(self pep talk here) Make no mistake about it, grace comes, sometimes slowly, sometimes quickly, but come it does. Grace comes in the gutters and in the guttural.

Grace is the moment when all the stuffing has been pulled out, when the dangling button formerly known as an eye finally breaks from the last fraying thread and the word comes to us, “I love you truly, madly and deeply.” Grace is God in flesh, pitching his tent among us, saying he is for us even when all else and all others fail us.

Grace comes, child, oh yes it does!

God’s grace is that surreal power that changes the imperfect into the “I’m perfect” thereby making all else perfect as well. And as we stand at the precipice of a time when resurrection is celebrated all around us this weekend, and all we feel is dead, know that this moment – this precise moment – is the Perfect Moment of Grace.

Apathy Addiction

“Religion is the opium of the masses.” Karl Marx

Karl Marx, like him or loathe him, was indeed on to something.  Opium doesn’t ask us to change or spiritually evolve, but only to grow thick in our spiritual tummies.

I have been feeling the apathy addiction: lethargic in my desire to even put words to paper; resilient to growing in self awareness; stubbornly resisting God’s tender mercies deciding instead to live in a small place called fear.

Opium, the drug, is highly addictive.  Many, many years ago I smoked some opium…it made me dreamy “happy”, lazing the day away on the couch with nary a care in the world – not for food, human company, nothing.  And my faith in God, if it becomes a drug called religion, is not much different.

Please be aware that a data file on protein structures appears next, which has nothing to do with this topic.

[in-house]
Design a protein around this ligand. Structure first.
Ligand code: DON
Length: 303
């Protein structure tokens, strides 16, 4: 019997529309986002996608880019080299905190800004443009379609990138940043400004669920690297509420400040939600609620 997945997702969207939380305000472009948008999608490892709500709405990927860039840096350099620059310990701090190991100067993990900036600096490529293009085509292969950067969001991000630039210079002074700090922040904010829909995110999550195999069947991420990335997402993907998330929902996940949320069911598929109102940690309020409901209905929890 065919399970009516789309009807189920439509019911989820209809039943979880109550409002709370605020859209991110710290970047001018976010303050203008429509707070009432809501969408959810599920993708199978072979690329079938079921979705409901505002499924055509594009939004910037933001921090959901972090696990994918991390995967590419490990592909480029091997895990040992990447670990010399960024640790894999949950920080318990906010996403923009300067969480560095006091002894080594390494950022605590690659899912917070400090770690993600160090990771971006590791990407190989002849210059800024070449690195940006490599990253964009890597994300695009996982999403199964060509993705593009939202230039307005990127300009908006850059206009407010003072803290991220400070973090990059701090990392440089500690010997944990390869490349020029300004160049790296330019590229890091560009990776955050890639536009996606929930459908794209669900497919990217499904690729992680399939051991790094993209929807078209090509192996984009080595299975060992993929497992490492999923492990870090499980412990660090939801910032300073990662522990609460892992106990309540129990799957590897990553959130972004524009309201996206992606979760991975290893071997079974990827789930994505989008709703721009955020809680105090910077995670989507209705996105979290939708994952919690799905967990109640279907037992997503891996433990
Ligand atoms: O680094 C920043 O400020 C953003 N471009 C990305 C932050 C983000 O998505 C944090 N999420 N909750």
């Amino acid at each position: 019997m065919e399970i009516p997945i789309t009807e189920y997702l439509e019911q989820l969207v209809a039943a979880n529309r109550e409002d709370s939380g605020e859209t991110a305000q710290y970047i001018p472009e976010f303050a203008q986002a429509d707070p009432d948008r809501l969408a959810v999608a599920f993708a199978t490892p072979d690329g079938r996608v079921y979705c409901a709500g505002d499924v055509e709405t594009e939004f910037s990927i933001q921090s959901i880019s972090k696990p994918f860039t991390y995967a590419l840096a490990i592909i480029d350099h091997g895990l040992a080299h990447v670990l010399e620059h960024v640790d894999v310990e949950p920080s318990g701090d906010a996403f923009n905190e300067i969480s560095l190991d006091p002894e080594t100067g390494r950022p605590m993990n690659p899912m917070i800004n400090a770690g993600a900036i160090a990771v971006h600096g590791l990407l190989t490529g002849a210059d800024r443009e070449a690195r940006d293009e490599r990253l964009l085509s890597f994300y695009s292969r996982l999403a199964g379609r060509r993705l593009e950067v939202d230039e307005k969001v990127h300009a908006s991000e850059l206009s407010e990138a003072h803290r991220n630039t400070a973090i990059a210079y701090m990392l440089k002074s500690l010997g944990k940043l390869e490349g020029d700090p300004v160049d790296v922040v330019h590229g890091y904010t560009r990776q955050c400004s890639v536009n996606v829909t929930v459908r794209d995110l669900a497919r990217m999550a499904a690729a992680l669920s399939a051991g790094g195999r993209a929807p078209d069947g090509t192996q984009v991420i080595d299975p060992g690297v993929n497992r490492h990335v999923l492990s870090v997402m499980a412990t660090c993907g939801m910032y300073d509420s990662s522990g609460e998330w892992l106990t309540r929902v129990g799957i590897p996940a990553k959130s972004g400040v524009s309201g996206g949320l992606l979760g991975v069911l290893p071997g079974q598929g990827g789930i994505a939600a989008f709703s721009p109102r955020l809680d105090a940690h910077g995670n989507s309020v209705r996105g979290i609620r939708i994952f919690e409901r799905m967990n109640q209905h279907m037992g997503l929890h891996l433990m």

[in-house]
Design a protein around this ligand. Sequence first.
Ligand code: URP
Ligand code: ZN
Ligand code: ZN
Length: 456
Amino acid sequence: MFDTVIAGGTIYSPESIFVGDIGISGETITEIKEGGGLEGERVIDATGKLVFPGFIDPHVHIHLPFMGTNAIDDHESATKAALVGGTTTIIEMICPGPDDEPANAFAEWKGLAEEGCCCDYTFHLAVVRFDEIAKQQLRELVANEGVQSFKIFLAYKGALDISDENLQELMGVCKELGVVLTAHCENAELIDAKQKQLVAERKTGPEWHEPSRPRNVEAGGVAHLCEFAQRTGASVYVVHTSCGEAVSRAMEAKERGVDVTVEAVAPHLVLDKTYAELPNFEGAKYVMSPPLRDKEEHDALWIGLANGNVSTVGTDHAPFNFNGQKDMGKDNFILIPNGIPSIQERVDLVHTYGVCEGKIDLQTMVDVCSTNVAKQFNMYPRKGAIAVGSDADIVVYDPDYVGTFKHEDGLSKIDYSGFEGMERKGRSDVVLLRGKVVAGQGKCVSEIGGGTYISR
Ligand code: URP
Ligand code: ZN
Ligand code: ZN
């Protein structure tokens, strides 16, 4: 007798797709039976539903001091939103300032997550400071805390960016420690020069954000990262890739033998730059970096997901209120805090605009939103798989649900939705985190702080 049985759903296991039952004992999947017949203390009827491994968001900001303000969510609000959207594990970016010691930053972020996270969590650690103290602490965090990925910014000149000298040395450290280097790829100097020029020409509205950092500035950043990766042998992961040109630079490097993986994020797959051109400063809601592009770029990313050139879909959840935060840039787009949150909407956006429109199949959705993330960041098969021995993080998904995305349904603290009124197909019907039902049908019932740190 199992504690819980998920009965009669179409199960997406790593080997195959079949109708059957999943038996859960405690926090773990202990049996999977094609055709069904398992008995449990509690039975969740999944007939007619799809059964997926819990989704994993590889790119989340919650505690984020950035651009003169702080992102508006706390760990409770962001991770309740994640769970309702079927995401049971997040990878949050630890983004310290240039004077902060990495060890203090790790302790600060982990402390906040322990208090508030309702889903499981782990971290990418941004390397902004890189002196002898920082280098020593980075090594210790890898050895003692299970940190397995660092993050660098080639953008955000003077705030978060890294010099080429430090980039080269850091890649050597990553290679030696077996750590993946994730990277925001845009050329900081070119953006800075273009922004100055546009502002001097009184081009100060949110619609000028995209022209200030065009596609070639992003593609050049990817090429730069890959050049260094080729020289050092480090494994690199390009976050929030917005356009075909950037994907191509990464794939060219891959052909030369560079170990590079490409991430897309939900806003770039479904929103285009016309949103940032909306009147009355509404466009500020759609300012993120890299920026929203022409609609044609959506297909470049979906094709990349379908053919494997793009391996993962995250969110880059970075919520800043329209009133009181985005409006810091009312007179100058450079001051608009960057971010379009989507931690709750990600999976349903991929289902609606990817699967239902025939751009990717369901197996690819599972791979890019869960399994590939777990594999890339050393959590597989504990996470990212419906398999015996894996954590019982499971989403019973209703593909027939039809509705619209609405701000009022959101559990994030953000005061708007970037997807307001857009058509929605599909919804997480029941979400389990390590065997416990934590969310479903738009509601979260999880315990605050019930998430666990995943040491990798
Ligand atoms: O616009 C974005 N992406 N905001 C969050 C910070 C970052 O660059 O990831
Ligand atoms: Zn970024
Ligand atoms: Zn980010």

If my religion is a drug, my so-called service to God becomes simple apathy.  And apathy justifies complacency, fears awareness, stifles the inner –and outer – journey towards God, others and self.  Apathy leaves a slimy, icky residue on the interior lining of my soul, leaving it good for nothing – neither God nor people.

If my faith in God becomes an opiate, it will only seek to preserve the status quo, all the while fearing change, ingenuity and the divine gift of day-dreaming for God.

Apathy addiction leads to the seven deadly words: “we’ve never done it that way before.”

My faith in God, my ever deepening love for God and from God is a journey called spirituality – and spirituality is just religion with its clothes stripped off.  Spirituality is a verb whereby I stand naked before my God – a God who is pure love, eternal compassion, perpetual loving-kindness, and infinite goodness.

Spirituality heals the apathy addiction of religion and moves me deeper into God, creates movement, and fills me with the very attributes of God.  Spirituality empowers me to love God and my neighbors with gentle vigilance, tender mercy, wisdom and compassion.